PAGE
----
Indian law recognizes the rights of anyone who is arrested, tried, or sentenced. Because a person’s basic human rights and fundamental rights are not lost, one of the core principles of our criminal justice system is that they are presumed innocent until proven guilty and can still enjoy certain rights even after conviction. This article will discuss the rights of the accused in India during arrest, search and seizure, and subsequent conviction.
Rights of an Accused in India under Constitution and CrPC
Protection following a conviction for an offense
Except for the violation of the law at the time the act was charged as an offense, no one shall be convicted or subject to any penalty other than what might have been inflicted by the law at the time the offense was committed.
Double jeopardy: A person cannot be prosecuted or punished for the same offense more than once.
A person who is accused of an offense will not be required to testify against him.
Presumption of innocence: The accused shall be presumed innocent until they are proven guilty without reasonable doubt.
Right of knowing the reason for arrest: Section50(1) of CrPC provides that a person arrested without a warrant is entitled to the details of the offense. If a warrant is issued, the person must be informed of the warrant details. The Constitution’s Article 22(1) also states that an individual arrested for an offense under ordinary law must be informed as soon as possible about the reasons for arrest.
The right to apply for bail. Any person arrested without a warrant who is charged with a bailable offense must be informed by the officer that he can be released on bail if he pays the surety sum. An accused can file for bail with the top criminal lawyers in India. You can consult best Lawyer in New Delhi for any cases.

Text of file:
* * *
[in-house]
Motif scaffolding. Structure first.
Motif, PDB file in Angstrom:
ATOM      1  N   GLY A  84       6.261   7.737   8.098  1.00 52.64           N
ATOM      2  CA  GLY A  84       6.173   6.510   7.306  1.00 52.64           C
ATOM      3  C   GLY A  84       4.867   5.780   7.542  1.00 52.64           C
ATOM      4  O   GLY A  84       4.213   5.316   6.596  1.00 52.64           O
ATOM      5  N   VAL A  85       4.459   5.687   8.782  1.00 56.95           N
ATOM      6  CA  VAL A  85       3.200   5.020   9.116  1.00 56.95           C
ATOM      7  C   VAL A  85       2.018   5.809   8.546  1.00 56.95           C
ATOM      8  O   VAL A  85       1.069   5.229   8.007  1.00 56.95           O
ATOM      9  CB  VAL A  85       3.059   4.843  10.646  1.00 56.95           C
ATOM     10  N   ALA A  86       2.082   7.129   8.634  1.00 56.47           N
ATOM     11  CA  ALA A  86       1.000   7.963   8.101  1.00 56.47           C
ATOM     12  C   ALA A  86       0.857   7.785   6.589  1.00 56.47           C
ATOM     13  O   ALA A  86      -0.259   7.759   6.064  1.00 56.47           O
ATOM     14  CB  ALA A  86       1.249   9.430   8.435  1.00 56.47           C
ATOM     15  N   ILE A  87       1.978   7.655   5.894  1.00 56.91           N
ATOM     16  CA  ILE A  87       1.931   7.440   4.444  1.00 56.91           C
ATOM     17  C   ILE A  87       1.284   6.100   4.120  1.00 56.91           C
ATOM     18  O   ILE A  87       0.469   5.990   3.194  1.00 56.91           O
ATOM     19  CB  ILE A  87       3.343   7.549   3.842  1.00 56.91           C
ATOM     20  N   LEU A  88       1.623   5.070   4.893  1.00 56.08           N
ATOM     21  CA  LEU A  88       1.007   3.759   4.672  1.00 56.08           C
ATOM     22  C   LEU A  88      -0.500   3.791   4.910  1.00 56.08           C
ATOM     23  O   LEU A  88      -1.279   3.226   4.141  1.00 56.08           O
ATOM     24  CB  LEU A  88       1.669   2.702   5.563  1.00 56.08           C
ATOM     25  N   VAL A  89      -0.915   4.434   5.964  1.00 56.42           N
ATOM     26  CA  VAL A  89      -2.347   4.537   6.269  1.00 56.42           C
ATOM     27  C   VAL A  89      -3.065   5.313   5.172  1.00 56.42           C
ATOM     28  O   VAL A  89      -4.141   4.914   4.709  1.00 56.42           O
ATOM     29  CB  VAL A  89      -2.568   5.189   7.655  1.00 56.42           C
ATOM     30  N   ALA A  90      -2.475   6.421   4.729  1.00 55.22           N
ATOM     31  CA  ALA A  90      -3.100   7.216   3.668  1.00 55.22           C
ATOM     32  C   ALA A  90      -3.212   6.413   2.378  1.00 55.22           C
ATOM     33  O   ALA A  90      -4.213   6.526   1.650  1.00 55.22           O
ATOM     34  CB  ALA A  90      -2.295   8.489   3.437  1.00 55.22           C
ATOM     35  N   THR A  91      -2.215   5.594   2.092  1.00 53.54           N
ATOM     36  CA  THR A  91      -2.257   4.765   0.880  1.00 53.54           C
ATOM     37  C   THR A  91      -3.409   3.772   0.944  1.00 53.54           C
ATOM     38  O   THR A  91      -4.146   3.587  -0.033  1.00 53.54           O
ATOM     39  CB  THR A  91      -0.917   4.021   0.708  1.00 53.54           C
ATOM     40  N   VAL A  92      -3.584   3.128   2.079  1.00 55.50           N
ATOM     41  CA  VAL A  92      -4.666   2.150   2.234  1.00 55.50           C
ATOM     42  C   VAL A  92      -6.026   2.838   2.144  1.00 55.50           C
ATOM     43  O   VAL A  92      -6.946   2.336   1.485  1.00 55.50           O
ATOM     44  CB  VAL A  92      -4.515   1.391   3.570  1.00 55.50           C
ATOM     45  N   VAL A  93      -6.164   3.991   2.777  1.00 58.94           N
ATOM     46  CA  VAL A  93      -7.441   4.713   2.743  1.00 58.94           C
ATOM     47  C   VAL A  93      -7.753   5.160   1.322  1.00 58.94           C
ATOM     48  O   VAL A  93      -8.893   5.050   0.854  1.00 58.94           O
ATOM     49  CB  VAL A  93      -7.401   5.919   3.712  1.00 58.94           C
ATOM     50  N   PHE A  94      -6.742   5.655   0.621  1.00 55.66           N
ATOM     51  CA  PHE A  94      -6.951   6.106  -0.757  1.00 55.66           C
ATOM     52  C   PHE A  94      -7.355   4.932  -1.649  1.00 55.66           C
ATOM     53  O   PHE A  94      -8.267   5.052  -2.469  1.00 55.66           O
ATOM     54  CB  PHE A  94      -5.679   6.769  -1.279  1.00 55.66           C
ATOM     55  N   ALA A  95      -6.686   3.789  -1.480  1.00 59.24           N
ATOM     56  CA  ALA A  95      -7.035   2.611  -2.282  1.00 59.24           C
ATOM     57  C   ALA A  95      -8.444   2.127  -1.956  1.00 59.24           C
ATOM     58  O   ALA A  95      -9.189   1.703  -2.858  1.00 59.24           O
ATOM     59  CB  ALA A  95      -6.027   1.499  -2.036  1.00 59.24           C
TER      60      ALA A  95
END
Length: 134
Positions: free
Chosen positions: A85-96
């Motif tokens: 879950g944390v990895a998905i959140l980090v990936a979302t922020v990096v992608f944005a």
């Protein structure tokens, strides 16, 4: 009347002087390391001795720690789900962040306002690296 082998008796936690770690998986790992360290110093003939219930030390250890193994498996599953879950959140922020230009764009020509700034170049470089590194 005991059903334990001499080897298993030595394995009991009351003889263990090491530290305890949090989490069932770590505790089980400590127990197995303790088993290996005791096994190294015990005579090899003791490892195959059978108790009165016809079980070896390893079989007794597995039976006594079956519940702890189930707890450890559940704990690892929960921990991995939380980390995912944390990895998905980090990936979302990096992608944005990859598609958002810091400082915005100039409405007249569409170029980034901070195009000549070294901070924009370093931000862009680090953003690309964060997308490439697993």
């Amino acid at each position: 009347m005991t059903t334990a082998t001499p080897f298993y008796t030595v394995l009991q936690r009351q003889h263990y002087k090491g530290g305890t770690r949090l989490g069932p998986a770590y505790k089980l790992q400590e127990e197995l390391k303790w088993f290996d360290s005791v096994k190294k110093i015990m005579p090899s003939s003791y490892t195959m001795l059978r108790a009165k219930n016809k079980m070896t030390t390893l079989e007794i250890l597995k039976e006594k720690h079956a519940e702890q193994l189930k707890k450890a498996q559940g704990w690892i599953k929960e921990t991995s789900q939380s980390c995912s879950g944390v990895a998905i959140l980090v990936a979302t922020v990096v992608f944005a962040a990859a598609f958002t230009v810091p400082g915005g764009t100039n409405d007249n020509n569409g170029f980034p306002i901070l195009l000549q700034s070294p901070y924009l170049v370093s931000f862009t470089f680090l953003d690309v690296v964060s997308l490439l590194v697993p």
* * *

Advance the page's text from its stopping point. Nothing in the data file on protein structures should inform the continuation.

Right before the Magistrate Article 22(2) of the Constitution states that an arrestee must present himself to the Magistrate within 24 hours of his/her arrest. If the accused is not present within the time limit, a writ petition may be filed by him/her or their family members to request habeas corpus.
Right for a fair, speedy, and free trial: The accused should receive fair and impartial justice. They should also have the opportunity to obtain speedy justice.
The right to free legal aid: The Magistrate and Courts are responsible for informing the accused of an indigent about his rights to free legal assistance.
Privacy against illegal searches: Police cannot invade the privacy of an accused based on the mere presumption that he has committed an offense. Without a search warrant, the police cannot search an accused’s property.
The right to be present at the trial: Section 273 of the Code stipulates that evidence and statements must all be recorded in the presence of counsel of the accused.
Right of access to copies of Documents. The accused is entitled to copies of all documents filed by the prosecution in connection to the case.
The right to cross-examine: An accused has the right of being cross-examined to prove his innocence by the prosecutor.
Right of appeal: Arrestees have the right to appeal their conviction to a higher court.
The right to humane and humane treatment in Prison is the accused’s right to all his human rights while in prison.
The accused person can be a competent witness: Section 315 of the Criminal Procedure Code provides that the accused can testify in disproof of any charges against him or his co-accused.